[Rajendra] tipped us off to this really slick hack he’s done to allow his multimeter to tell the ambient temperature. He’s basically measuring the output of an LM35 temp sensor that he has mounted in the case. The circuit is extremely simple and only requires the sensor, a couple resistors, and a switch so that you can return to normal function. When finished, you’ll have a multimeter that will display the ambient temperature when set to to the correct range (0-200 mV in his case). The switch is there so that you can return your multimeter to normal function afterwards. While [Rajendra] chose to display ambient temperature, you could just as easily create an external probe for measuring other things.
16 thoughts on “Upgrading A Digital Multimeter To Tell The Temperature”
I like the simple idea behind this – adding more features to inexpensive DMMs.
I’ve been thinking about “smart” test harness design quite a bit lately.
The DMM gives you a good case, power, nice display, rugged inputs. You mostly need to condition the signals into an appropriate a/c, current, or dc voltage.
Another useful addition would be a way to export the data via a port, I2C, etc. Maybe an atmega and sdcard for logging.
There have been various kits to add ‘missing’ features to DMMs for years, temperature or current measurement was typical, I saw a lumens one once.
They work the same way this one does giving a reading on the volt scale.
They’re gone out of fashion these days as even a $20 meter will measure current, temperature, capacitance etc.
Current measurement as a kit? My $5 radioshack meter in the early 90s measured at least current, voltage and resistance.
Yep, even for current; though it was usually for accurate low current reading or a clamp to measure AC currents.
Something like this: http://tronixstuff.wordpress.com/2011/04/12/kit-review-current-clamp-meter-adaptor/. Apparently they still make ’em (or it’s old stock).
Is that masking tape?
I use it for EVERYTHING, better than electrical tape, but I use the white kind. It’s even better!
Blue masking tape- usually called “Painter’s tape”.
It’s basically expensive masking tape that comes up easier and is less likely to leave adhesive behind.
Yea, comes up easier, you don’t want that.
I use White masking tape for everything.
It’s just that it’s relatively flammable and not that well at spark isolation, and it sits next to the fuse and input traces all..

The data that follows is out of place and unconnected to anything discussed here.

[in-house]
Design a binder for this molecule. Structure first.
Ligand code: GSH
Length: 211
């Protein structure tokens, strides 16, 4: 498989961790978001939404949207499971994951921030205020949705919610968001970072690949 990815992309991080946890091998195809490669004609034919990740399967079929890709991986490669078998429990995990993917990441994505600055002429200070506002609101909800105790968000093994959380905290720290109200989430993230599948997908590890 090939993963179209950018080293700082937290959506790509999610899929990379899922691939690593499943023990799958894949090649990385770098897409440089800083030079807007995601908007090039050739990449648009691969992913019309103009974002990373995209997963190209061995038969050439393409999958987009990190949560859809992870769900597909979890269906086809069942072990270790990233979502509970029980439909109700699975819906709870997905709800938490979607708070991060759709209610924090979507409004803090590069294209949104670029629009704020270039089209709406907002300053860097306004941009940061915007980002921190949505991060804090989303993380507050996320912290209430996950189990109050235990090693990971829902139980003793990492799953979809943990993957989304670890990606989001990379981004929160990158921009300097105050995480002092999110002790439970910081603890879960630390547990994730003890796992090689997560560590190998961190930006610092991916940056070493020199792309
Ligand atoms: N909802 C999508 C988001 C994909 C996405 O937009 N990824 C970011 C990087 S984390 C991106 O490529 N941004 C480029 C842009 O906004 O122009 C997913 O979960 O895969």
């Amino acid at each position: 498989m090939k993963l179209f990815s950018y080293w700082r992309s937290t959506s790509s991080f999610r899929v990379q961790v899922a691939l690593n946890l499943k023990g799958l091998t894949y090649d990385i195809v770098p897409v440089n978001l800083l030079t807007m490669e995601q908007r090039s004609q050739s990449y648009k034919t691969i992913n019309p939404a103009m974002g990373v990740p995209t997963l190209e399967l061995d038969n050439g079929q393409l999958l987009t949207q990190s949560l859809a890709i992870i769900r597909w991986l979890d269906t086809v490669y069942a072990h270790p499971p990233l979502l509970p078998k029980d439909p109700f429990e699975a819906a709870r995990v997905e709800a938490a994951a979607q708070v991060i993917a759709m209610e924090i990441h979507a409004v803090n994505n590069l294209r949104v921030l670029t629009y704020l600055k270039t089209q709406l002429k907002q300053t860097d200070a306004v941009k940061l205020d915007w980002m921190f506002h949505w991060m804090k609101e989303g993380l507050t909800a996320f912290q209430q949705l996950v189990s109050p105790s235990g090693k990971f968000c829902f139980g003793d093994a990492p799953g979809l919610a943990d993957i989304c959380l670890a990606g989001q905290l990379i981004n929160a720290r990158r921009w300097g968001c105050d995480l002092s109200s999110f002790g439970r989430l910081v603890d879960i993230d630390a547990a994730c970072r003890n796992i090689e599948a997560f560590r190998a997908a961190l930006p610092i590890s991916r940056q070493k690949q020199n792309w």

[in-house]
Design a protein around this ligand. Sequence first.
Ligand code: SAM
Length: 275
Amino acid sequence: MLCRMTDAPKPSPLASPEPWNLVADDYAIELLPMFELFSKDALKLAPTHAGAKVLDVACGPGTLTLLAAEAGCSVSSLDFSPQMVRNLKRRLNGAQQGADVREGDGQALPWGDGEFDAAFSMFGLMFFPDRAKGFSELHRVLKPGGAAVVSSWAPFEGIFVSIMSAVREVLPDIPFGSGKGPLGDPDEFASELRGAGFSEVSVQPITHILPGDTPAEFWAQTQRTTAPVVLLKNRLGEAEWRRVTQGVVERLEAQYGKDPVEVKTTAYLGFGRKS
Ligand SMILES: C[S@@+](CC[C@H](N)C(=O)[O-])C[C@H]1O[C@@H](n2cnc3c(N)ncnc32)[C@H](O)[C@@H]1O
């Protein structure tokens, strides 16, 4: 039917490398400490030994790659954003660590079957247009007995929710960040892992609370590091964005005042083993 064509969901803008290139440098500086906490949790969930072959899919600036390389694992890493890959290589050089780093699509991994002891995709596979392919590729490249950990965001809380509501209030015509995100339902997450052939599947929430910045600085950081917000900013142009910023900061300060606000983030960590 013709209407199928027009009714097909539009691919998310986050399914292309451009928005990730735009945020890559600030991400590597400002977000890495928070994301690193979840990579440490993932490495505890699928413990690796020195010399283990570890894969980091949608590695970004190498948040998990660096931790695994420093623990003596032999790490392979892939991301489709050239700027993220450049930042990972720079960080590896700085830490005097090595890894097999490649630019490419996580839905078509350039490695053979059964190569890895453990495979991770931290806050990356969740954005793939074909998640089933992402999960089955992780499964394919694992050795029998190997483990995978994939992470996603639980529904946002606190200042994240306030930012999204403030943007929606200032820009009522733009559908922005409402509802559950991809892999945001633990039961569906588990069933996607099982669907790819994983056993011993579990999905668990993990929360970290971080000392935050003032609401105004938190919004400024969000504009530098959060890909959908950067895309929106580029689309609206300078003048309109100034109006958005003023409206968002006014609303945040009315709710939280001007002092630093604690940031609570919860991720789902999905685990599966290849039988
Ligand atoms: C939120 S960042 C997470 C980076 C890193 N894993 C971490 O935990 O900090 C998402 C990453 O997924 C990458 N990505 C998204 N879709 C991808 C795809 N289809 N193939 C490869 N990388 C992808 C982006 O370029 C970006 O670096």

Also its glue is designed with the expectation that it won’t be used beyond a certain amount of time so many masking tapes have the glue either give out and/or harden and become brittle (and hard to remove I might add).
But if someone is happy with it it’s fine with me though.
Modifying your meter like this is dangerous if you plan to measure the likes of mains voltages. In this particular case, look how the look how the wire passes right next to the fuse!
That said, if you use a LM335Z then you can add a 10K calibration trimmer for spot-on readings – in deg. K of-course.
Finally, I wouldn’t hold the meter during measurements, body heat will tend to skew your readings.
Please! Where can I buy a $20 dollar meter that does NOT have all that junk on board. No temp, no frequency counter that goes to 2MHz, no bipolar TX tester of Hfe, no generator that goes to 2MHz, etc.
The fewer positions on the dial the better. Auto range only if it’s very fast. Ohms and volts next to each other with current at the end of the dial or at the bottom. VOmA.
If you look at the battery, that’s a 12v one rather than the normal 9v, meaning he’s using a meter similar to this: http://www.multimeterwarehouse.com/DT830BMini.htm
They’re usually under $10 (occasionally $5!) but even they have transistor test. Aside from the probe-style ones, you won’t get much more basic than that (and probes are usually auto-range).
How can it be modified to report temperature in Fahrenheit?
My version of this uses an HV850
and discrete multiplier to directy
read megohms ie insulation test.
Very handy, as you can also run
it at up to 10 kHz with reduced
For those wanting to try this, I
strongly advise the use of 75V
output zeners on both HV8xx pins
and output resistors as it can
sometimes fry the chip if there
is an output short.
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